News from Home 22, Part II
3/24/2006 (updated 3/24/2006)
I was regretting calling him at all at this point, but I left him sitting on his bucket, smoking up a storm, and wandered into the kitchen for a snack, and found Mrs. RT and Witherstock glaring at each other. The atmosphere was charged. Apparently there had been words exchanged on the subject of fitted bottom sheets, and the folding thereof. Mrs. RT was wondering why it took so long to fold the laundry, and Witherstock was petulantly demonstrating her patented 17-fold method of taming the untamable; the problem, of course, with the bottom fitted sheet, is that it has no real shape when off the bed – with the elastic stretched, it achieves a fine rectangle, but with the elastic slack, it is but an unwieldy blob. Enter Witherstock, with her origami like approach - fold after fold after fold until – presto! A small and perfect square. She further claimed that title-bearing former employers had been very satisfied with her technique – personally, I doubted the fitted sheet had been around that long. I do sneak back to Witherstock’s quarters occasionally, when I know she’s out, just to check on any lunacy she might be up to. On my last reconnaissance, I did find some dolls of Governor Swarzenneger, the Action Man kind readily available at Puzzle Zoo, featuring Arnie in some of his most beloved roles; there were pins in various limbs, but nothing through the head or heart. I took this as a sign that she might be softening a wee bit. I must ask him if he’s been feeling any twinges lately.
Speaking of the Governor, he was in a pessimistic mood for his elocution lesson this week.
“In China, they love me!” he said, “I could do no wrong. Thousands followed me down the street. I am like a god over there! But back in California, everything goes wrong…my special election is a disaster, organized labour hates me, my war chest is empty. Why can’t I just be leader of the Chinese people?”
I suggested that once he was President of the United States, he could achieve the position of Chinese leader by one of two means: simple conquest; or having learned how to run one country, it was a doddle to run another – it was rather like being a coach of a football team. Once you had the basic grasp of tactics and man-management, you could get fired every three or four years and move to the team in the next town….or even like working for a record company. But one step at a time…first the Governorship. The main reason Californians were cooling to his charms, I proposed, was the way he said the word, California. He pronounced every syllable with Teutonic rigor, but this was not music to the ears of the local surfers, massage therapists and scriptwriters. I suggested more of a slur, completely swallowing the middle ‘I’, and falling off dramatically at the end, making it essentially a two syllable word. I suggested he watch a steady diet of cowboy films from the 30s, 40s and 50s, and repeat the lazy drawls of Alan Ladd, John Wayne, and heck, even Ronald Reagan. He agreed to the regimen, but still seemed limp and dejected. I took him out the back to see my Japanese lantern converted into a minigolf hole, and he immediately brightened, insisting on playing the hole a couple of times, and finally scoring a par three. I asked Arnold if he would like to design a hole? Perhaps something thematic based on his Hollywood past? His rather beady eyes got as large as they ever get , and he said he would be thrilled, and would work on plans right away.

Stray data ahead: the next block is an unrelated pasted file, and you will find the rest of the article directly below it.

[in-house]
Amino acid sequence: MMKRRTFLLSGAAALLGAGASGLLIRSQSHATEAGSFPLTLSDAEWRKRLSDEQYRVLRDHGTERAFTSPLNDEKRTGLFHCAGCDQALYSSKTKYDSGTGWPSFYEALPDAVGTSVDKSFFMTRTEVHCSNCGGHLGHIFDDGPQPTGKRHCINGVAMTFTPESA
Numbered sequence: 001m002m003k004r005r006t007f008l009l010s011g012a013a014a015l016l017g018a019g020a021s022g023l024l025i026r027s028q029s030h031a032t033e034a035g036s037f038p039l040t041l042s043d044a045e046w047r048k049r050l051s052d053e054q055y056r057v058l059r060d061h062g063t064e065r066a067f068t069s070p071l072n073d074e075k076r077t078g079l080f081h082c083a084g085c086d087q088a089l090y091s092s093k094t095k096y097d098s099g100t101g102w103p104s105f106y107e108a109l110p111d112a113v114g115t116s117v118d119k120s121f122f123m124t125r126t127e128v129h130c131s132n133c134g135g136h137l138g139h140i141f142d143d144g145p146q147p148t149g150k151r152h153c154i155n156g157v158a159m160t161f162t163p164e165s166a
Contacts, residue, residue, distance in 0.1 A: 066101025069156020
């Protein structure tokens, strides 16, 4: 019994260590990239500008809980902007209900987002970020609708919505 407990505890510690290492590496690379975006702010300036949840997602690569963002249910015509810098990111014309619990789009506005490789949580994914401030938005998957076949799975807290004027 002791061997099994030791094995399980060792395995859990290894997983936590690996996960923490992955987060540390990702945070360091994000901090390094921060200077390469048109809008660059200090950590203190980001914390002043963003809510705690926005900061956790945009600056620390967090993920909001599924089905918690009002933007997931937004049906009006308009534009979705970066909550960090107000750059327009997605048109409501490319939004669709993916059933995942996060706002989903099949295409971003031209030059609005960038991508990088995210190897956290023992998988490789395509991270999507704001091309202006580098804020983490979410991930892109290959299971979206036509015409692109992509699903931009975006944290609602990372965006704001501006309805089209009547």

Hashimoto’s topiary on the front hedge, is growing in size slowly, but is still inconclusive; on the left could be a giant hedgehog, and on the right the Clintons wrestling – but I doubt Hashimoto would be getting off on that kind of subject matter. When I asked him for a small clue, he simply chuckled to himself and kept on clipping. I should mention here that he never uses an electric clipper – he considers that far too crude. He works only with decreasing sizes of hand shears. Indeed, I have seen him use a nail file.
Went to the races with Mr. Alphonso, and I can think of no-one better to have around in the proximity of horseflesh. Anita, his housekeeper, nurse, and apparent love interest (for this week anyway), was with us, and was very excited by the atmosphere, and her first experience of betting on the horses. Mr. A ran down the card with her, took her into the paddock before every race, and before Anita risked her five big ones (dollars) on a bet, he gave her The Word from the horse’s mouth – whatever the buzz was from jockeys, trainers, bookies – all of Mr. A’s innumerable acquaintances at the track gave their opinions, and Mr. A’s unerring eye for the good points of a horse, plus his lifetime’s experience, added up to near certainty about the outcome of every race. The day went something like this:
First Race – 1PM - 3 furlongs – 3-year-olds and up.
Mr. A hears from the stable manager that Frisky Boy, out of Golden Boy, out of Southern Boy, out of the famous Bad Boy, winner of the Arc de Triomphe, nearly broke the stopwatch in training, and has been under- handicapped. His jockey likes this course, and won twice here last month. Mr. A says to Anita, Frisky Boy, no question, to win. The odds are short, but your money is safe. Anita says, but what about number 11, Che Guevara? I used to have a poster of him up on my wall – I have a little nephew called Chico, and sometimes we call him Che. A horse called Che Guevara, that’s so funny. And look, it’s 50-1. If I put on five bucks, let’ see that’s – that’s two hundred and fifty dollars! That’s way more money!